seeking new 4k/HDR projector - AVS Forum | Home Theater Discussions And Reviews
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post #1 of 13 Old 03-29-2017, 07:29 AM - Thread Starter
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seeking new 4k/HDR projector

Almost 10 yrs ago I built a basement home theater with a Panasonic PT AE4000u projector. I've enjoyed the setup immensely, but was recently a bit dismayed with the resolution of Horizon Zero Dawn, Steep, Tom Clancy Ghost Recon Wildlands and others. I'm thinking I would really like a 4k projector with HDR but these seem rare and even non-existent below $5,000?

Is there a reason that projector manufacturers have been slow to move to 4k and HDR?

Is it worth holding out hope:? or should I consider an 80" or 90" LCD to replace the 135" projector screen?

{edit}
Also would I need a new AVR? currently I have a Yamaha RX-A1010

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post #2 of 13 Old 03-29-2017, 07:39 AM
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You are likely several years early on true 4K/UHD products as the entire 4K thing is an infancy level product as is. The market hasn't figured out how to deliver it really, and while 4K TVs are everywhere, they usually are watered down versions of what people think they are getting.

Manufacturers, on the whole, seem to really be struggling with the capability to deliver true 4K chips. The only one out there at the residential level is the Sony models starting in the $5,000 range. Epson and JVC have fauxK products, and we will finally see DLP enter the fauxK market later this year under $3,000.

But, none of them are true 4K, and there is no rumored true 4K DLP chip coming to market this year, or an update from Epson on their product.

I think this comes down to putting 8 million pixels onto a chip that is less than an inch across and having it work properly. As easy as that sounds, it likely is a lot harder than people think it is, and much like asking for unicorns, it just doesn't work that way. They have to figure things out, and they have to figure out if it is even worth it.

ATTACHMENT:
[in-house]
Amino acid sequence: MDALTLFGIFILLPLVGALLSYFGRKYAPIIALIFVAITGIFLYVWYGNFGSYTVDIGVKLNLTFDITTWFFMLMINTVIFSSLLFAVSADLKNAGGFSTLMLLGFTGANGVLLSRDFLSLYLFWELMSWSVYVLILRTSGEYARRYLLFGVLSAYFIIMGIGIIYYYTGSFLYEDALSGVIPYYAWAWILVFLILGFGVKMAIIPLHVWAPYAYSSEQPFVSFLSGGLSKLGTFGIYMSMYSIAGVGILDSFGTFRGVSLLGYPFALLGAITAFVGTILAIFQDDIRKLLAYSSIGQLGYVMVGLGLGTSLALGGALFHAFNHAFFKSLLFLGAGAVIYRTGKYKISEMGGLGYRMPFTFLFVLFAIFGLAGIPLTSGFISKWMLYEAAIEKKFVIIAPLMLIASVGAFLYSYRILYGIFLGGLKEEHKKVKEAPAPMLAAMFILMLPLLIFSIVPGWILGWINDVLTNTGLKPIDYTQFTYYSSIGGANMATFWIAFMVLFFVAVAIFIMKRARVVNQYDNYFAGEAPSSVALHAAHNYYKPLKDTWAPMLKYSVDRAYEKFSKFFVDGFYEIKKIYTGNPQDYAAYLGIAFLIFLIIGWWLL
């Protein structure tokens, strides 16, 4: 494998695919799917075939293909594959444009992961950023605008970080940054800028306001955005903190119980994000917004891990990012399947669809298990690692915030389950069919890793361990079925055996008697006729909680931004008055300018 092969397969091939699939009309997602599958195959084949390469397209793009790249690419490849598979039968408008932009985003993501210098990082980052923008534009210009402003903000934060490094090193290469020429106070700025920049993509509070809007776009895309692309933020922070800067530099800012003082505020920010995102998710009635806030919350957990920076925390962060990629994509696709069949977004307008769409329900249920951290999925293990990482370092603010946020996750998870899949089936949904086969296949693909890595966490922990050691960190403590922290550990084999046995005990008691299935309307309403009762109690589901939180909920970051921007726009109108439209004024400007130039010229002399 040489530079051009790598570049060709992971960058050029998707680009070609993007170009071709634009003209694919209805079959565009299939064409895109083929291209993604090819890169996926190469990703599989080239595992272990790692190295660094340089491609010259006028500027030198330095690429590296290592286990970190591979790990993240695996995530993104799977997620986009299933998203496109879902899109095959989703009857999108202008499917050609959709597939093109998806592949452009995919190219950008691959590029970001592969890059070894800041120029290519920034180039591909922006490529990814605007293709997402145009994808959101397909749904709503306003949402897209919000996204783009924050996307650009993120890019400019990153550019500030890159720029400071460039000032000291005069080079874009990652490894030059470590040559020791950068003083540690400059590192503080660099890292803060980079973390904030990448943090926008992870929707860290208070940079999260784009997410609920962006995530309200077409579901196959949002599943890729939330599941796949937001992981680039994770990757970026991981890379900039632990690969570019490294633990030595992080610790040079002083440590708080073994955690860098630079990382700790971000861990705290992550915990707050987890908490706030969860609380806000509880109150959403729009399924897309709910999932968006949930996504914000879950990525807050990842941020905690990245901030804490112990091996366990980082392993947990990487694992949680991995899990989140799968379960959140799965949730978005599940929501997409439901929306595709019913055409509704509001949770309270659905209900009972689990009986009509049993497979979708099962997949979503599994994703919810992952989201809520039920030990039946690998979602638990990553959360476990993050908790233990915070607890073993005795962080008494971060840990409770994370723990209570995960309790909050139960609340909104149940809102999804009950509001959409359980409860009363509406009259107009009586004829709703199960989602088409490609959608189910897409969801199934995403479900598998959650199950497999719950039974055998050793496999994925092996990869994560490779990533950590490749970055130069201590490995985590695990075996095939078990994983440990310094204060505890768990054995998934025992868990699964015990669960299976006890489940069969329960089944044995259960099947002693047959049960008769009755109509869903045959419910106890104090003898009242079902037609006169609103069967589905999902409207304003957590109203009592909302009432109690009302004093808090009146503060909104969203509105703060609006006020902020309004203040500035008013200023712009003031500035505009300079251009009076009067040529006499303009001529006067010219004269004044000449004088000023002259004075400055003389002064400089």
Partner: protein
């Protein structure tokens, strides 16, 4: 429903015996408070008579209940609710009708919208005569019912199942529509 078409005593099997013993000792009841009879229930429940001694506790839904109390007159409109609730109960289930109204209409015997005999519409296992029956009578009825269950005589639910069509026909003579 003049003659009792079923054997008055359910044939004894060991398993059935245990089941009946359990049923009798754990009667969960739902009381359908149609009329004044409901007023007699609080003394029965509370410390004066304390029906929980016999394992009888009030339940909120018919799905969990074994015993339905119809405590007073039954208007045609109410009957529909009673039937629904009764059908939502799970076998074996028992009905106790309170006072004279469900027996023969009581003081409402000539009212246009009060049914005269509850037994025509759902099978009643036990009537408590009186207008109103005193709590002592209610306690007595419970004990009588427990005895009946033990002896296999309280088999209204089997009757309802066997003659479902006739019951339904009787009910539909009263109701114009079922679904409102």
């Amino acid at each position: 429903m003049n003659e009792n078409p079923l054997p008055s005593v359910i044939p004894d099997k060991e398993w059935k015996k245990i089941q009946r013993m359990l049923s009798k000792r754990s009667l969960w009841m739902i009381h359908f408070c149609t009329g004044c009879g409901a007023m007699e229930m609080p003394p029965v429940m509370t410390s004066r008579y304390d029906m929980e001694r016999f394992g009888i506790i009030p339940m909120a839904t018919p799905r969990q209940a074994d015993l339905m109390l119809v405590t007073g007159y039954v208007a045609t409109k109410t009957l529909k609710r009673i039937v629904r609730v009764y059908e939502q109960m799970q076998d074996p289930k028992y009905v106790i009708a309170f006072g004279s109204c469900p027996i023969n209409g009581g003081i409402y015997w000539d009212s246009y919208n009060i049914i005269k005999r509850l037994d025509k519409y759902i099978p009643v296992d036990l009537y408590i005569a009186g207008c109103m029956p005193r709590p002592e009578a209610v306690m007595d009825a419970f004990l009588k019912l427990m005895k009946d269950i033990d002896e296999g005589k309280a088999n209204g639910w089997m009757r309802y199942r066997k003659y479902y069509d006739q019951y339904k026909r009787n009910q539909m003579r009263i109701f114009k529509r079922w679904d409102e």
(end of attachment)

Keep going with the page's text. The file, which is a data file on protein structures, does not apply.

IMO, Texas Instruments is really screwing this up. If they could deliver on a true 4K chip that could be used for consumer projectors and entry level business projectors, they would own the 4K market very quickly. I don't think their fauxK product will deliver the quality people are expecting and demanding.

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post #3 of 13 Old 03-29-2017, 08:00 AM - Thread Starter
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Thanks I sincerely appreciate your response, good to know I'm not the only one....I guess I can wait a few more years. I've been taken in by the proliferation of fauxK TVs at my local Sam's Club, despite finding nothing at Projector People. You're right that those of us with 100"+ screens would flock to a good 4k projector.

Thanks again, I'll keep my eyes and ears open
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post #4 of 13 Old 03-29-2017, 08:40 AM
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Originally Posted by AV_Integrated View Post
... I think this comes down to putting 8 million pixels onto a chip that is less than an inch across and having it work properly. As easy as that sounds, it likely is a lot harder than people think it is, and much like asking for unicorns, it just doesn't work that way. They have to figure things out, and they have to figure out if it is even worth it.

IMO, Texas Instruments is really screwing this up. If they could deliver on a true 4K chip that could be used for consumer projectors and entry level business projectors, they would own the 4K market very quickly. I don't think their fauxK product will deliver the quality people are expecting and demanding.
I don't know if you intended this, but these two paragraphs appear to be in direct contradiction. The first makes the valid point that engineering, manufacturing and selling at a reasonable cost a smaller than 1" chip with 8 million individual pixels is a challenging engineering feat, which I agree with.